January 3, 2007 EditionAlso in this issue...
New Year's office resolutionsBy Linda Lou Moore
When we think of New Year's Resolutions, we think of change. These types of resolutions often mean change. Making small modifications or major changes will help to make life easier for you and for others.
Civility in the office can certainly make office life easier. For most, small offices, crowded desks and cramped cubicles are all a part of the office setting. Working in these conditions several hours a day can certainly be trying and often too close for comfort. If you think about it, this small space is ~ "Home away from home."
When working with others in small office spaces, it is always a good idea to:
(A) Assume everyone is on the same schedule as you.
(B) Always borrow your colleagues' items without asking their permission. After all, you need the materials more than they do.
(C) Make certain that you do all personal grooming at your desk. No one would want to miss that.
(D) Respect your co-worker's privacy and office space.
If you answered, " R-E-S-P-E-C-T," Aretha Franklin would be pleased.
If you spend most of your time in this type of environment, following a few guidelines can make the office atmosphere much more pleasant.
- Honor your colleagues' privacy before entering their office space.
- Ask if it is a good time to discuss business. Don't assume they are on the same schedule as you.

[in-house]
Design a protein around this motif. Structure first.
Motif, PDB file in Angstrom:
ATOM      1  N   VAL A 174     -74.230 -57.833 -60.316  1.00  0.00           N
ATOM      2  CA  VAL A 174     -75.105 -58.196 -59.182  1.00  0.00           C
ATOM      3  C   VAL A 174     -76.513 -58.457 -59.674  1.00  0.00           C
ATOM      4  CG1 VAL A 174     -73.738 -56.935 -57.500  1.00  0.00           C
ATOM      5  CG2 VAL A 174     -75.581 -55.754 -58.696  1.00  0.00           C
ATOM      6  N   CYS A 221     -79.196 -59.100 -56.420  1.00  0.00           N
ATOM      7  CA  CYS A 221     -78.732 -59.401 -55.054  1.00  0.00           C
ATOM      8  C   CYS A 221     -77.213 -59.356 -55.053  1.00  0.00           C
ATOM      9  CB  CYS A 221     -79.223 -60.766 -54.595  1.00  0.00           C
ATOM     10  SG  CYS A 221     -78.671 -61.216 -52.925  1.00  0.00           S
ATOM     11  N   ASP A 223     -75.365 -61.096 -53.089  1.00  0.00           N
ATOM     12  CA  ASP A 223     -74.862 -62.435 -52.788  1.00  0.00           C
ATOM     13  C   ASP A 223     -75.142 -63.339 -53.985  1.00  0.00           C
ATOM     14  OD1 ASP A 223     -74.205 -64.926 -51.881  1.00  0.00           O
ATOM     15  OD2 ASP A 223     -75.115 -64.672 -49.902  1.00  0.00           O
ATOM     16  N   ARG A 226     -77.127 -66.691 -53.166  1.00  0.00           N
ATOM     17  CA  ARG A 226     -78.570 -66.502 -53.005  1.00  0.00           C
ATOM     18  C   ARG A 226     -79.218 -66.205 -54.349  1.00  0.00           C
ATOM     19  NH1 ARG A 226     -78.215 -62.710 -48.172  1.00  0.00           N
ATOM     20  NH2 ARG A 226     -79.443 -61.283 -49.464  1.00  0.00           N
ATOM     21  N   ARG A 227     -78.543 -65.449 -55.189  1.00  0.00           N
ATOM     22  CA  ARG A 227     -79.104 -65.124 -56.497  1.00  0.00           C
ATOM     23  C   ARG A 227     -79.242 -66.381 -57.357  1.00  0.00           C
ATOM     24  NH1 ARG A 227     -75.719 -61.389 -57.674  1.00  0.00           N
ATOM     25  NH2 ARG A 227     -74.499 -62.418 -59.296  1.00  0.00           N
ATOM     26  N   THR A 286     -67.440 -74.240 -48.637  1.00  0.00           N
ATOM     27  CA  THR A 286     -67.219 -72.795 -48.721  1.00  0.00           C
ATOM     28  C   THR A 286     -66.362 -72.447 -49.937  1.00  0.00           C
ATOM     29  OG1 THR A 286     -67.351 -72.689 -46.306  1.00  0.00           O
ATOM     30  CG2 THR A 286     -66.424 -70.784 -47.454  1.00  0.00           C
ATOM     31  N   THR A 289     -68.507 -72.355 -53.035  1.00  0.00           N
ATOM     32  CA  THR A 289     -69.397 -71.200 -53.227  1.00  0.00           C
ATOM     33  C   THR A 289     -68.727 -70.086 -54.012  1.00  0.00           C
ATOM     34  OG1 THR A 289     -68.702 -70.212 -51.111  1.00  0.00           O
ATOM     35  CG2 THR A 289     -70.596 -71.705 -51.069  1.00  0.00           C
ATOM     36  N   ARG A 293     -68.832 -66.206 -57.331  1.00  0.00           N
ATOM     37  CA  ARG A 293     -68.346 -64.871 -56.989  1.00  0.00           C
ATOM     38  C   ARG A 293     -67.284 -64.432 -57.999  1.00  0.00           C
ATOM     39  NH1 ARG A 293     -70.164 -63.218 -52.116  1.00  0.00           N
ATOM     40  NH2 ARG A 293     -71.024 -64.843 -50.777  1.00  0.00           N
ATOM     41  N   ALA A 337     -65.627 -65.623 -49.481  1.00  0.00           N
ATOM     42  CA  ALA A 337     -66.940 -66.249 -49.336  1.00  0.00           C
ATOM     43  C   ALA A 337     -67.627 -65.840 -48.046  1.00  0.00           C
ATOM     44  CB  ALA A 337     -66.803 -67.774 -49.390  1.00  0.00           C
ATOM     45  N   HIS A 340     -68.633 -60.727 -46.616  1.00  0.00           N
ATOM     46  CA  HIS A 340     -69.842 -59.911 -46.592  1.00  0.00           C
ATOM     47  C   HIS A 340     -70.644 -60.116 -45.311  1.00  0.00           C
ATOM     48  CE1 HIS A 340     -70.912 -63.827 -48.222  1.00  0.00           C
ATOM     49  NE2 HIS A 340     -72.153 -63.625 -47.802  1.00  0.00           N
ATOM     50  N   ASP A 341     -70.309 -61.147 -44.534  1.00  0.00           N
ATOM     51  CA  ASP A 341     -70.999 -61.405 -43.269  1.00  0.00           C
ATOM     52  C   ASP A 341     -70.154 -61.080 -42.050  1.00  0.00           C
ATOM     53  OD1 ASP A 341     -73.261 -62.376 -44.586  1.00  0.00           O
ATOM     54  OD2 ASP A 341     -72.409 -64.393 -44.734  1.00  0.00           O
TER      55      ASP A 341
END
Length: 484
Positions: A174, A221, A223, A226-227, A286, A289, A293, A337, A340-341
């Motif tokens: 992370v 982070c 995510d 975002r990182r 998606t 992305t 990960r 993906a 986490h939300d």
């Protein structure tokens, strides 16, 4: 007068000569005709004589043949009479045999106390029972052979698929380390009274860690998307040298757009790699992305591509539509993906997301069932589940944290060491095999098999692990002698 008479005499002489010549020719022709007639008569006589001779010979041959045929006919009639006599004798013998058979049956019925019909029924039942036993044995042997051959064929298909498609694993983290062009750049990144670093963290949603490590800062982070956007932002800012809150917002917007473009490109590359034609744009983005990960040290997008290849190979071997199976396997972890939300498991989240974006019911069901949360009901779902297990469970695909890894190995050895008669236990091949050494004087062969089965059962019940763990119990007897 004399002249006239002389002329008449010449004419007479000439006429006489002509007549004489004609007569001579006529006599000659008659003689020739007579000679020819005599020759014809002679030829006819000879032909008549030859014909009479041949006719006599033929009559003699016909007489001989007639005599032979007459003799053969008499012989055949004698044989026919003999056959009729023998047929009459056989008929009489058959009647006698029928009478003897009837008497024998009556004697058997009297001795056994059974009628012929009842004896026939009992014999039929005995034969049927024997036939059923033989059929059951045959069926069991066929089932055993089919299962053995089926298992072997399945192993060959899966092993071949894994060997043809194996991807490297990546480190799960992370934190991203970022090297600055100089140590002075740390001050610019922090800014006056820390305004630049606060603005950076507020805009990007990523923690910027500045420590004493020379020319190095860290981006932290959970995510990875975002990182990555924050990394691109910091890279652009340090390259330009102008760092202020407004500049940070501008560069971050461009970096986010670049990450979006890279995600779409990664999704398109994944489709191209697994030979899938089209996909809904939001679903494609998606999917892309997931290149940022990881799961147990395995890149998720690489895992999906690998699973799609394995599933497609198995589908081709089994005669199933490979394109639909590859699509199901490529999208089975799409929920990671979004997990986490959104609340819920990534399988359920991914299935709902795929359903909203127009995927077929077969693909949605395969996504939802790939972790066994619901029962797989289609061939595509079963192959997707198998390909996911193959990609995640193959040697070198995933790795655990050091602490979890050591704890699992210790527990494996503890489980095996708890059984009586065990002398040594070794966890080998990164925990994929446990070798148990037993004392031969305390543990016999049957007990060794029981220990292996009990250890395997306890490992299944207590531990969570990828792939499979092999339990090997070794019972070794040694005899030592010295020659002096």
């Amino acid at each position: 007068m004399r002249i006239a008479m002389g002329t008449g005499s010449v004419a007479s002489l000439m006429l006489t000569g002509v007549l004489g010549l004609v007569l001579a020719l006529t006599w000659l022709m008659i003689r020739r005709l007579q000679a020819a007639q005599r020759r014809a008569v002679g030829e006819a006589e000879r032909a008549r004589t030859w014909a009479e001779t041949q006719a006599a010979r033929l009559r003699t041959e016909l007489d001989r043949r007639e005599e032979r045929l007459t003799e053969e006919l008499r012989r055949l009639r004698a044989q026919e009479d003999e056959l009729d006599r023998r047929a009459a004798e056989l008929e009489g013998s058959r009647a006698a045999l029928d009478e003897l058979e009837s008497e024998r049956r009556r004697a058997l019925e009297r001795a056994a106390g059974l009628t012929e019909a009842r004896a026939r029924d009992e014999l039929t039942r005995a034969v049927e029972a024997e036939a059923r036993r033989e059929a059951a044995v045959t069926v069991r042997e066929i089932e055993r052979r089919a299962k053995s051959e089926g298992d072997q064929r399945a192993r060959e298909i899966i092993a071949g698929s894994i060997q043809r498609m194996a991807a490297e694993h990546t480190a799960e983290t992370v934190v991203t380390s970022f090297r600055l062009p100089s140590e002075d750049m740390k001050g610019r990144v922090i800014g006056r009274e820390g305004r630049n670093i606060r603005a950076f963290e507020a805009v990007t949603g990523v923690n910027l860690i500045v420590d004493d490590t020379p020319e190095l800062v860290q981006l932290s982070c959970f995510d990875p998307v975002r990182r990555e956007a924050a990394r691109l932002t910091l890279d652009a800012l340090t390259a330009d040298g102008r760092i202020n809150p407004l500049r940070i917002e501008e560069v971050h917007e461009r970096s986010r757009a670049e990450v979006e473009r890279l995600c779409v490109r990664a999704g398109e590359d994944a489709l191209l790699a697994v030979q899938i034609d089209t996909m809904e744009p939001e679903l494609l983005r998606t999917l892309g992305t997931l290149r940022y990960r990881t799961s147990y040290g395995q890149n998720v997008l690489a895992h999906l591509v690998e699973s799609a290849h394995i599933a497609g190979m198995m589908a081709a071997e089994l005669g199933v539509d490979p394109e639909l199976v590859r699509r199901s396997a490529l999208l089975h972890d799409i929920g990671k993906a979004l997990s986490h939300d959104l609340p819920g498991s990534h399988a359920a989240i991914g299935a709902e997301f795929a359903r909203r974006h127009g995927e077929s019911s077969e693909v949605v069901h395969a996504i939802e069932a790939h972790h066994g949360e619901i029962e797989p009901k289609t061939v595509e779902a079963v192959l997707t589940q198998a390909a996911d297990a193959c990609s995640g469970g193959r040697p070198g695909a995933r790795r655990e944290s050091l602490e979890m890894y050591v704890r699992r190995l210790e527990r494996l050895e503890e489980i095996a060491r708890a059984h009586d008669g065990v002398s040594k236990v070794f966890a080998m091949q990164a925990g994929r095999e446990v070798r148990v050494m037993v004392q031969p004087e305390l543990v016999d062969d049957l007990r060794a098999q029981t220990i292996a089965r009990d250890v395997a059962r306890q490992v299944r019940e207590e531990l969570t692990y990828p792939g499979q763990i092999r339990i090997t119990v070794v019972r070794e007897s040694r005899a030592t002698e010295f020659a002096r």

- Wait until you are asked to be seated. It's not a good idea to just "plop-down" and begin to visit.
- Keep your hands to yourself. Don't touch or pick up personal objects or materials that belong to your co-worker unless asked to do so.
- When conducting business be aware that others in the area can hear you. Keep your language professional. Don't scream or swear. Your language is a reflection of you and your company.
- If you have personal business, it is best to discuss it elsewhere. Private conversations may be easily overheard by others.
- Personal grooming does not belong at your desk. For example, if you feel an overwhelming desire to pick or floss your teeth, reapply make-up or restyle your hair, then it is best to do it in the restroom, not in your work area.
- Close working conditions mean personal hygiene is a must.
- Try to keep articles not applicable to your work off your desk. The half-eaten cheeseburger left over from lunch is distracting to others.
- Almost everyone has been asked to contribute to some type of fund-raiser. Although there are many good causes, don't assume your co-workers are as enthusiastic about it as you. Telling your colleagues that they need to or should contribute may make them ill at ease. They may not want to support a particular cause or make a monetary contribution.
- Light-hearted humor and jokes can certainly add to a fun or relaxing time at the office. However, be aware of your surroundings. Inappropriate language and behavior can make others uncomfortable and may result in charges of sexual harassment.
- Respect your co-workers' office space and desk. Don't use or remove any of their items without asking permission.
- If your office has a lounge or break room help keep it clean. Remember the phrase: "Your mother doesn't work here."
You may not be able to choose the size of your office or your workspace, but by practicing office etiquette you can make office life easier.
Linda Lou Moore of Paragould is trained and certified by The Protocol School of Washington, Washington, D.C. She offers customized individual and group etiquette programs for children, teens and adults. She may be reached at Post Office Box 145, Paragould, AR 72451 or at firstname.lastname@example.org.
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